If a piece of equipment has an MTBF of 1,000,000 hours' usage, that doesn't mean that any piece of equipment can be expected to last 1,000,000 hours. Rather, it means, roughly, that if 1,000,000 pieces of equipment which are within their rated service lifetime are each operated for one hour, or 100,000 pieces operated for ten hours (but still within rated lifetime), or 60,000,000 for one minute, etc. there will be roughly one failure in the lot. Note that rated service lifetime is an entirely orthogonal to MTBF. Consider the following two types of widgets:

- Every widget, regardless of age, has a 0.1% chance of failing every hour.
- Out of every billion widgets, all but one will operate for precisely 61 minutes and then die; that one will die after 30 minutes; the widgets have a specified service lifetime of 60 minutes.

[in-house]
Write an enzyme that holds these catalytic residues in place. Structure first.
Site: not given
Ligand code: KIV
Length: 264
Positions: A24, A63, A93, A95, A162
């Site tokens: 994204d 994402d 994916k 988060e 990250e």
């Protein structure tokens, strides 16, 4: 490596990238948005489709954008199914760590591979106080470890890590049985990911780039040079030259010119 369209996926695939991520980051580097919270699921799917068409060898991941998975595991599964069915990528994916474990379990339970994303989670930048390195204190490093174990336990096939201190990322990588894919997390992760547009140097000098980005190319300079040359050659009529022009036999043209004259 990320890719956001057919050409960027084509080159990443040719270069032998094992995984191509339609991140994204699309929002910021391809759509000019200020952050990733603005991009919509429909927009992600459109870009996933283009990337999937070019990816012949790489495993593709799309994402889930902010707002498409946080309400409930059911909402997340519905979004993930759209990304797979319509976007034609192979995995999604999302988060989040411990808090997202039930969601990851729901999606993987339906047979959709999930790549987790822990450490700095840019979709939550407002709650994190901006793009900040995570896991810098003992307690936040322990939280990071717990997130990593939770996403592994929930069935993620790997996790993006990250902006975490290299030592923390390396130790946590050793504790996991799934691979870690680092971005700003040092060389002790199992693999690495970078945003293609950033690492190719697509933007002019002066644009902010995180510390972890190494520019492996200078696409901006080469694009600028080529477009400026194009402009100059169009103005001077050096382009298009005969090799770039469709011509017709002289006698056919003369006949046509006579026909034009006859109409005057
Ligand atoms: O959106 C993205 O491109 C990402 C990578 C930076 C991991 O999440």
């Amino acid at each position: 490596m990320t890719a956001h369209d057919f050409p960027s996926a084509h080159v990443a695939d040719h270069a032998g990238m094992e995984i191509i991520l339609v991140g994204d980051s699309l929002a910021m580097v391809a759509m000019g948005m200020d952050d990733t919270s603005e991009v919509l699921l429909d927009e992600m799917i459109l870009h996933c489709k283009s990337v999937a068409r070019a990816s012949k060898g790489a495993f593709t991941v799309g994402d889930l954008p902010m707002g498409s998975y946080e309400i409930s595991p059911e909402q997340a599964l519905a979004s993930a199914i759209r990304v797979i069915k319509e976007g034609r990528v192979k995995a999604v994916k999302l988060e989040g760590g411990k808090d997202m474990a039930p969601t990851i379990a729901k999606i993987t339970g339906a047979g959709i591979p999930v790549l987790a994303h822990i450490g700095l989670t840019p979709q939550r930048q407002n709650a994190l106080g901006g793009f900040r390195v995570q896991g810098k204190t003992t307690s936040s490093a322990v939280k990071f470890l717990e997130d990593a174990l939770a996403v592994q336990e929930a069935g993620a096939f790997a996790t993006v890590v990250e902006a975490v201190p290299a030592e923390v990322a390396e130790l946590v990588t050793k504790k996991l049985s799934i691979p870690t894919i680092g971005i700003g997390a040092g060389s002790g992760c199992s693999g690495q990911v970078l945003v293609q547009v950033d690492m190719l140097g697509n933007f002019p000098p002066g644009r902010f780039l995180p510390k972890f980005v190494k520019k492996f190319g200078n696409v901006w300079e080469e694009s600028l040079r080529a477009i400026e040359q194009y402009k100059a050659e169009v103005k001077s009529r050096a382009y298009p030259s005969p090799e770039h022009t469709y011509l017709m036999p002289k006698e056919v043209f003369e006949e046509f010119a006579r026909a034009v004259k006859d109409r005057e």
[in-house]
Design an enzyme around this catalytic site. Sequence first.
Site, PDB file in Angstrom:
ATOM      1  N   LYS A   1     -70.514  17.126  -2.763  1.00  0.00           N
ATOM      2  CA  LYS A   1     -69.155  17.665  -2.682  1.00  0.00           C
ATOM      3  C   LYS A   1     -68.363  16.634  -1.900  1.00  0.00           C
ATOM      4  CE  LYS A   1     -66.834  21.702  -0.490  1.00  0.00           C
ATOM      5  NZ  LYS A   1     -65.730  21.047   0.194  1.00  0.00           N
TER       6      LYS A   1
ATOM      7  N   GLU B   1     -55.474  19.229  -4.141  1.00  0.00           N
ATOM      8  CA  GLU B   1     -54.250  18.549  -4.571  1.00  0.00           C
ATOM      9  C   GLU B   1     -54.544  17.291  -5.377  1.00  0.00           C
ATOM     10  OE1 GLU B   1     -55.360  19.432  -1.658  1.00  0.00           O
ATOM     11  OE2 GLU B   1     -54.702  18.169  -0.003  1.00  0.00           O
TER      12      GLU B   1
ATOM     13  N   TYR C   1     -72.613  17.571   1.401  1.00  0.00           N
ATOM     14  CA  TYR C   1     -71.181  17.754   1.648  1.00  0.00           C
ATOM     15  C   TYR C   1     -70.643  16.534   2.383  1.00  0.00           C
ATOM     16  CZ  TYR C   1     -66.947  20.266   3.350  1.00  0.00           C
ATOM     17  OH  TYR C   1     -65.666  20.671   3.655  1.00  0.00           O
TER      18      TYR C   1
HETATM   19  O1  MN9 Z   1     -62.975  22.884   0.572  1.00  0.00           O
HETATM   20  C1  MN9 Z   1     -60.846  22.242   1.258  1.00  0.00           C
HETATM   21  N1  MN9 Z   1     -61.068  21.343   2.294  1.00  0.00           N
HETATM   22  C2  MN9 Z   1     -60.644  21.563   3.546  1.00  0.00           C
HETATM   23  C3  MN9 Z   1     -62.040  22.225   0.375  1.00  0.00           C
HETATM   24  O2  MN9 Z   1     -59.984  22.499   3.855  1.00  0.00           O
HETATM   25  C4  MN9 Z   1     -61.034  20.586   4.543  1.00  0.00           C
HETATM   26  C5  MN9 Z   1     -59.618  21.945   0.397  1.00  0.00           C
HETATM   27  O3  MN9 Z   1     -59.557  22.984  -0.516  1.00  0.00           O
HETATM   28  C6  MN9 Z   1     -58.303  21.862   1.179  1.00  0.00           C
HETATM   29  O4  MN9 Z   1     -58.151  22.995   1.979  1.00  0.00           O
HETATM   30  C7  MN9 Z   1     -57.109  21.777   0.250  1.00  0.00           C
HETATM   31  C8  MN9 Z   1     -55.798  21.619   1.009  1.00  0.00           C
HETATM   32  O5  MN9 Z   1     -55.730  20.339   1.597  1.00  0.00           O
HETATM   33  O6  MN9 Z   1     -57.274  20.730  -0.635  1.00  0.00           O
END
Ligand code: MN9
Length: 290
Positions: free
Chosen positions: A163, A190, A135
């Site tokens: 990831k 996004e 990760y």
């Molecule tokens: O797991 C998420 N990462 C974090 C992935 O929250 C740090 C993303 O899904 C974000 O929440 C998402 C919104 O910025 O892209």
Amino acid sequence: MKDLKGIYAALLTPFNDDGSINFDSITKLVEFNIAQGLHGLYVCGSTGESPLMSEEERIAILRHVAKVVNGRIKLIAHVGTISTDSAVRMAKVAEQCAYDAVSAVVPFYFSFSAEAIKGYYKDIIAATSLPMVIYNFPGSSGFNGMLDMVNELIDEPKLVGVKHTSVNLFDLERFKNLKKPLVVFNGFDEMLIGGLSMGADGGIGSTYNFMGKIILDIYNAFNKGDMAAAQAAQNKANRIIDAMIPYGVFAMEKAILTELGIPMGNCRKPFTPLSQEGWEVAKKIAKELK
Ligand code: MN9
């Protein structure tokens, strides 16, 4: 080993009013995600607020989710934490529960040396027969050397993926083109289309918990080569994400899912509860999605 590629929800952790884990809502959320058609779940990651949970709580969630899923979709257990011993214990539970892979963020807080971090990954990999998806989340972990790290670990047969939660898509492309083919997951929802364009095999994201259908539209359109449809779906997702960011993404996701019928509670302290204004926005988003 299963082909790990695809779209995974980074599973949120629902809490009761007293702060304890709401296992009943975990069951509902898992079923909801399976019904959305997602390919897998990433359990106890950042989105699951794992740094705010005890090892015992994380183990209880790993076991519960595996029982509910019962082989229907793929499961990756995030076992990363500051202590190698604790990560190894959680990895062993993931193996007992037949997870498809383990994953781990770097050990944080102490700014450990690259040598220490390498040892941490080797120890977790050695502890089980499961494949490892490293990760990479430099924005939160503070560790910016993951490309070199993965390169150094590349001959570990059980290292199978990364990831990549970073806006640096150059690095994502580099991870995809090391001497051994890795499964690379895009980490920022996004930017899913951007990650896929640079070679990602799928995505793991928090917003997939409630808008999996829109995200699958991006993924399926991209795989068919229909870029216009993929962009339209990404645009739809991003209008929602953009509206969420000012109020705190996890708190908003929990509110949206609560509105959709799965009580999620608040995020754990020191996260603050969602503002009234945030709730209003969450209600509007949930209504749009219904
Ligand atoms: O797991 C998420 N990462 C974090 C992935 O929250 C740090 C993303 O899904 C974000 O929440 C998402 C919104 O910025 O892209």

The first type of widget would have an average lifetime of about 1,000 hours, and also have an MTBF of about 1,000 hours. The second would have an average lifetime of 61 minutes, but an MTBF of 1,000,000,000 hours within its service lifetime. While it may seem odd to say the second device has an MTBF that's almost billion times as long as the expected lifetime, the MTBF is hardly a meaningless figure.

Suppose one is going to conduct an experiment that requires that 1,000,000 devices all work perfectly for an hour, after which they will all be scrapped. If any device fails, the entire experiment will be ruined. Which would be more useful--a device which will last an average of 1,000 hours but has an MTBF of only 1,000 hours, or a device which would last at most 61 minutes, but would have only a one in a billion chance of failing to meet that mark?